The couple had called 911 after they noticed the boy had stopped breathing. The incident was not fatal.
Charles Dowdy, 32, and Danielle Simko, 31, are also charged with three counts of drug possession, according to the Cuyahoga County Prosecutor's Office and police in Berea, a suburb of Cleveland. They appeared in court Wednesday for a pre-trial hearing.
Emergency responders rushed to the home on January 11 and transported the boy to Southwest General hospital, where staff discovered the presence of opiates in his system, according to Berea Police Department Lieutenant Joe Hedinger.
The child tested positive for opiates and benzos, which were determined to be heroin, fentanyl and Xanax, according to Ryan Miday, a spokesman for Cuyahoga County Prosecutor's Office.
Simko and Dowdy were charged with child endangerment because they "did recklessly create a substantial risk to the health or safety" of their son and their actions "resulted in serious physical harm," according to court documents.
"Mr. Dowdy and his family are facing some difficult problems at this time," said Dowdy's attorney, Tim Riley, in a statement to CNN. "The most important thing is his son is safe and now the family can begin to confront the issues facing them."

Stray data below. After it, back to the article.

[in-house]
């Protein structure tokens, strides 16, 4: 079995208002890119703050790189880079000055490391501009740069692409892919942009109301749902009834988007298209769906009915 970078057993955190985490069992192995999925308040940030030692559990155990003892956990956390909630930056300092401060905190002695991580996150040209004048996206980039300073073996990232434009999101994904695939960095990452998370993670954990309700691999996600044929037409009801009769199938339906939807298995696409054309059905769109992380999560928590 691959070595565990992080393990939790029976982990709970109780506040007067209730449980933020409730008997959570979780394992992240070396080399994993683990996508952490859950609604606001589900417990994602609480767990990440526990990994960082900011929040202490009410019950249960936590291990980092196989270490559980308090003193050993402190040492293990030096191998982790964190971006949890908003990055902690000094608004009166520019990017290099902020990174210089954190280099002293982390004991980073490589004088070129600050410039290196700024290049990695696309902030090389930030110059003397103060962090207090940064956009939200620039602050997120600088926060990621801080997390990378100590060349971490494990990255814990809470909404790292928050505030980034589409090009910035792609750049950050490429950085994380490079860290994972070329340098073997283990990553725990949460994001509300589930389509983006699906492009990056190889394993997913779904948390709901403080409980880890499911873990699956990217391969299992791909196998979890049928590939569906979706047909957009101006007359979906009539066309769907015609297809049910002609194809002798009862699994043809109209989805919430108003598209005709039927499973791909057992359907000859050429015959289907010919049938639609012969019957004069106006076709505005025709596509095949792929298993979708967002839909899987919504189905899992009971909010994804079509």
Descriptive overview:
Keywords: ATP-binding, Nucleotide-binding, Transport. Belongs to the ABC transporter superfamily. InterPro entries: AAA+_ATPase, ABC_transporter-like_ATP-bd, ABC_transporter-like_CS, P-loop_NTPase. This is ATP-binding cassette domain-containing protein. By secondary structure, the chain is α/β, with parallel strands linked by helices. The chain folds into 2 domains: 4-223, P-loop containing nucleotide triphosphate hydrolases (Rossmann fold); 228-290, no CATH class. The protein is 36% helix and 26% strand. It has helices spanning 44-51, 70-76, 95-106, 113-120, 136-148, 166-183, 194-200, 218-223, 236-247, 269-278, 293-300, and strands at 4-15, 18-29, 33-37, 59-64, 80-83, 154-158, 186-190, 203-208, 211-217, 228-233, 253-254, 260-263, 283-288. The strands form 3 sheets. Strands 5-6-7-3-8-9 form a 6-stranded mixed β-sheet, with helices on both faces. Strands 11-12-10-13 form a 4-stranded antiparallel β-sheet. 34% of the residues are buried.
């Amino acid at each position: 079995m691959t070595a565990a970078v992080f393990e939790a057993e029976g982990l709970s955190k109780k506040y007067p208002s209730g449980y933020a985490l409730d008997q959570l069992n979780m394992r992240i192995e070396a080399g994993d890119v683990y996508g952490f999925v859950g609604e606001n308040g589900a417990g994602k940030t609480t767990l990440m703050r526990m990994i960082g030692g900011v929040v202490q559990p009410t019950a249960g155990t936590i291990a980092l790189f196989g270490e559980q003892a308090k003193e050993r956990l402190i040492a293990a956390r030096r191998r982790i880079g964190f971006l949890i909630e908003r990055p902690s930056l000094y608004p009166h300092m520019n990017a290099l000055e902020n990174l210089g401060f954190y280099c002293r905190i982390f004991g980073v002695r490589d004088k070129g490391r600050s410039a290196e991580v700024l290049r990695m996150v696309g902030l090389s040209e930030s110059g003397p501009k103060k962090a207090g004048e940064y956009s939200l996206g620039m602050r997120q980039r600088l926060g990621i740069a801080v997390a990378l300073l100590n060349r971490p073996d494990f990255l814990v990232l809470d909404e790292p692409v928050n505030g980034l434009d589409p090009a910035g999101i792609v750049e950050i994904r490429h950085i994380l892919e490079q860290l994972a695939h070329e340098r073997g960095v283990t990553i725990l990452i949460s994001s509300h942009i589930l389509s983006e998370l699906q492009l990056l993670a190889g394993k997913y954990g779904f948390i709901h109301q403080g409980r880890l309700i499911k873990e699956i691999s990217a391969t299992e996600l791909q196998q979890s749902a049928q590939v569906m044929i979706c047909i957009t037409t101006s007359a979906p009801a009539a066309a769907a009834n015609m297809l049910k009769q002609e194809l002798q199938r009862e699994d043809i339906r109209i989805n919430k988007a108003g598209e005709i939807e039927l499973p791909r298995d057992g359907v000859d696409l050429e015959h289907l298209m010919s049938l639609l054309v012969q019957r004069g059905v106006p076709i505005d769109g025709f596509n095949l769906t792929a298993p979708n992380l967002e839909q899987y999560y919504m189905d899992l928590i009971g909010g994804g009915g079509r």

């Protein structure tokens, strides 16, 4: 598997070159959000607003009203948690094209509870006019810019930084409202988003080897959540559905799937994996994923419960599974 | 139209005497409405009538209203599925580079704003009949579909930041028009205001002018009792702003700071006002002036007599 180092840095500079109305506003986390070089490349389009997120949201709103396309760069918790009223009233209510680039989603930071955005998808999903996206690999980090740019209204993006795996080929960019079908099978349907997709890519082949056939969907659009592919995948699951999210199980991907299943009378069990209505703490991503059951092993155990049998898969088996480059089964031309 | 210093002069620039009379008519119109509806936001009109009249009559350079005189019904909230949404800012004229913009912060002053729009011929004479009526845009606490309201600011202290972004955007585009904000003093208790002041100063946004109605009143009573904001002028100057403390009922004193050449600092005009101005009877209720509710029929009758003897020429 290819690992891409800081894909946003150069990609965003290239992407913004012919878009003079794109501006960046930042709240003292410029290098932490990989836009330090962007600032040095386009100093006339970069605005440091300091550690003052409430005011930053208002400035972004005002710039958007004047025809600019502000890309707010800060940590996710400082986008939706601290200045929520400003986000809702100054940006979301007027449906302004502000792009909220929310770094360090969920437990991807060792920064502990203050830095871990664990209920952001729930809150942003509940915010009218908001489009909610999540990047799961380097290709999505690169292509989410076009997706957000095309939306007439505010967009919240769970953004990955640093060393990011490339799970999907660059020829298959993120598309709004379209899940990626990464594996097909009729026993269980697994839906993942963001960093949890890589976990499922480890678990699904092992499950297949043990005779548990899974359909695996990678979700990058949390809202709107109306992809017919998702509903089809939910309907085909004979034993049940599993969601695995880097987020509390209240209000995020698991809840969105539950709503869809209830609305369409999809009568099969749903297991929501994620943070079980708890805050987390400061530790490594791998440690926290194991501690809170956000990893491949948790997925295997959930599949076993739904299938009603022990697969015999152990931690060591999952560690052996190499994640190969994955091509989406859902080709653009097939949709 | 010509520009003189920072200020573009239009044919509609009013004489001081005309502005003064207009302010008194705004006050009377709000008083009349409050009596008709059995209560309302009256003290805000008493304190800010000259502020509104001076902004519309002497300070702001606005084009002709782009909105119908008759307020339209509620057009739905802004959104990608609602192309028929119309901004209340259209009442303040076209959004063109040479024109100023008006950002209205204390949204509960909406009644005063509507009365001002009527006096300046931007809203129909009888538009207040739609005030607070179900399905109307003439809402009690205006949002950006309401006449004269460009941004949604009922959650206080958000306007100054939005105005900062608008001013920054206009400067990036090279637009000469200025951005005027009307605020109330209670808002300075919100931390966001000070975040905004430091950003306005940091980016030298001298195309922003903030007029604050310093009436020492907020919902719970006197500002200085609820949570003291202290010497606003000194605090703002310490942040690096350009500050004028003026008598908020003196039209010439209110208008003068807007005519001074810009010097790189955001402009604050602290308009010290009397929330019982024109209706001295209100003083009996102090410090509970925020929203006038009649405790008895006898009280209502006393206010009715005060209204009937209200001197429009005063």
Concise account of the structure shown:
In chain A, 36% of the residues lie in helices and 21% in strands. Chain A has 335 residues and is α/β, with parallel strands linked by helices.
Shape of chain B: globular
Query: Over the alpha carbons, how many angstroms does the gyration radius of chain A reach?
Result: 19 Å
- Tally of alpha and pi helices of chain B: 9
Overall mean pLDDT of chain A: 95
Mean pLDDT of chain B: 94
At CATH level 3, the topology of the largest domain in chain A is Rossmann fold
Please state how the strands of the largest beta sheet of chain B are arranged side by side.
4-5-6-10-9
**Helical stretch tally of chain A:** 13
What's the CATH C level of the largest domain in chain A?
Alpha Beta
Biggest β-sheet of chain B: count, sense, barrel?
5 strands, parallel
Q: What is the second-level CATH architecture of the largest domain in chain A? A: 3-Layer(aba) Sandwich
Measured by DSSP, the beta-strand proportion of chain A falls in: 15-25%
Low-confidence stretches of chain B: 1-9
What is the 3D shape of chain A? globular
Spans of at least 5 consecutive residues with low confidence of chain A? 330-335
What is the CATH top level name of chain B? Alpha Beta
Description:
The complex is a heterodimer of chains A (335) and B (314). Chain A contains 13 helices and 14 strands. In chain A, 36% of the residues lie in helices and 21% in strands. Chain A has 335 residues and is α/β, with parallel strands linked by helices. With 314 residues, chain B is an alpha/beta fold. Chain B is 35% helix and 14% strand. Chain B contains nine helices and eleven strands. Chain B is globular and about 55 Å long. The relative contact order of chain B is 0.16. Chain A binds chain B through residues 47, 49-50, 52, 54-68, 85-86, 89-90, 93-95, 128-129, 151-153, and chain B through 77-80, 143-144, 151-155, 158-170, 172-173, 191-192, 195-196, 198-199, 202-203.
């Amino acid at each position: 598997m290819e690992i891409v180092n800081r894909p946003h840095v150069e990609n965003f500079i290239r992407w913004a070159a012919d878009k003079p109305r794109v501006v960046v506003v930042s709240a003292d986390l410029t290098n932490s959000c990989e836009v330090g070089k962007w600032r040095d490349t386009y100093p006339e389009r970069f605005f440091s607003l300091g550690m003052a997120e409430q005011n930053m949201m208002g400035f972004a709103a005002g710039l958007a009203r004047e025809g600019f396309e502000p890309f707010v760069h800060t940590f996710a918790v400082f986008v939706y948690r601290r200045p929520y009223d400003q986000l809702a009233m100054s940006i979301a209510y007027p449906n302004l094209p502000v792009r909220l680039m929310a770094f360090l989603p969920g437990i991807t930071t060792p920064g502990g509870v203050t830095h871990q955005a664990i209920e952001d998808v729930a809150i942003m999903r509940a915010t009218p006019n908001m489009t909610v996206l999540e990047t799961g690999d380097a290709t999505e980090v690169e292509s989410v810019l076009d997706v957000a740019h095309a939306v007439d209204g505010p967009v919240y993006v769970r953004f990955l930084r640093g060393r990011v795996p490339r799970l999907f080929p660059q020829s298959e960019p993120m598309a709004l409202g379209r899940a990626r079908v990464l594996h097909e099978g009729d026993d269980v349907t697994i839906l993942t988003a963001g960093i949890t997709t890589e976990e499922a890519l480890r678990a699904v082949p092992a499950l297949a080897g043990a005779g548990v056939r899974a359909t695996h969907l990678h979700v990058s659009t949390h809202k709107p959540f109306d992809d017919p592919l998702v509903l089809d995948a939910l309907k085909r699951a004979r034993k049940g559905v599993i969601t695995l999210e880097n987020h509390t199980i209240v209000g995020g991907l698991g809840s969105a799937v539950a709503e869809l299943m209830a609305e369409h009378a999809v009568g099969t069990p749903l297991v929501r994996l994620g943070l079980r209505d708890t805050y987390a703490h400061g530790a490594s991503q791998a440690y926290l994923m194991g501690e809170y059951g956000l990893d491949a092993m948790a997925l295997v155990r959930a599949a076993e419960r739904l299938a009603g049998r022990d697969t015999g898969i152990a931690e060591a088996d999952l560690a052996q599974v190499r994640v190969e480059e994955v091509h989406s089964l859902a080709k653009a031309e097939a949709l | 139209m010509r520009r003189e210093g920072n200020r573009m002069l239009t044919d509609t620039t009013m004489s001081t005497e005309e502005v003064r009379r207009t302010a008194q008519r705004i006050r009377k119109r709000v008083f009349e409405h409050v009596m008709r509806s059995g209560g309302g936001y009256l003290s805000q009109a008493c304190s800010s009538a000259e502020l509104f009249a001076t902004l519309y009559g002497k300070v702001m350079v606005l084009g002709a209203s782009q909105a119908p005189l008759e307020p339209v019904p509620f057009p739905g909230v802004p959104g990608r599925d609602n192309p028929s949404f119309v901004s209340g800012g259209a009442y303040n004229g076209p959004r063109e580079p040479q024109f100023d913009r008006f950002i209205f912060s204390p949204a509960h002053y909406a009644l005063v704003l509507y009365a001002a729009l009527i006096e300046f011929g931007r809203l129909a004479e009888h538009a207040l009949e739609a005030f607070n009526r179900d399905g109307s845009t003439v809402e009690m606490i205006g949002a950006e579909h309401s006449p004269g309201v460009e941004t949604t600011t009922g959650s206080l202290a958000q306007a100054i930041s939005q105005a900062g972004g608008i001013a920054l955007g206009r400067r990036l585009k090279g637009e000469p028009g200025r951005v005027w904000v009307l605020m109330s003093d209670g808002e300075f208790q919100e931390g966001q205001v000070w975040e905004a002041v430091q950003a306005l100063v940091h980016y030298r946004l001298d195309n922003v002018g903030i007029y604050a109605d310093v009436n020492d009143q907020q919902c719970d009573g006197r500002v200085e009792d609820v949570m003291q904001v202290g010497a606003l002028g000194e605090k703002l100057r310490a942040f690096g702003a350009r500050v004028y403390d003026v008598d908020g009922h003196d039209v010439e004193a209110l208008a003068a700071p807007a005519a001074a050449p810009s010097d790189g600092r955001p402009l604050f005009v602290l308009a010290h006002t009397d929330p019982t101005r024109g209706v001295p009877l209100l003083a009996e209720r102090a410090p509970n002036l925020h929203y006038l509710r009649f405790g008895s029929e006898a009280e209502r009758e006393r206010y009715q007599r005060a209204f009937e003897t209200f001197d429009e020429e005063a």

CNN has reached out to Simko's attorney for comment as well.
The pair pleaded not guilty at their arraignment on February 17. Bond was set at $150,000 on the condition that the parents have no contact with the boy, according to court documents.
In the 911 call, Dowdy told the dispatcher his son's lips were turning blue and he didn't think his son could breathe. He asked the dispatcher to "please hurry," and he was heard yelling, "Babe, I don't think he can breathe," to a woman in the background.
"I think he was sleeping, and I think what happened is he rolled over, and I don't think he could breathe," Dowdy told the dispatcher. "I think he was like in the pillow, and he was like suffocated."
Dowdy was performing CPR on his son when paramedics arrived, according to the police report. When they found the boy had a pulse, they rushed him to the hospital in a squad car, according to the police report.
In the 911 call, Dowdy told the dispatcher that his son is 7 years old. But he is 8 years old, according to court documents and the Berea Police Department.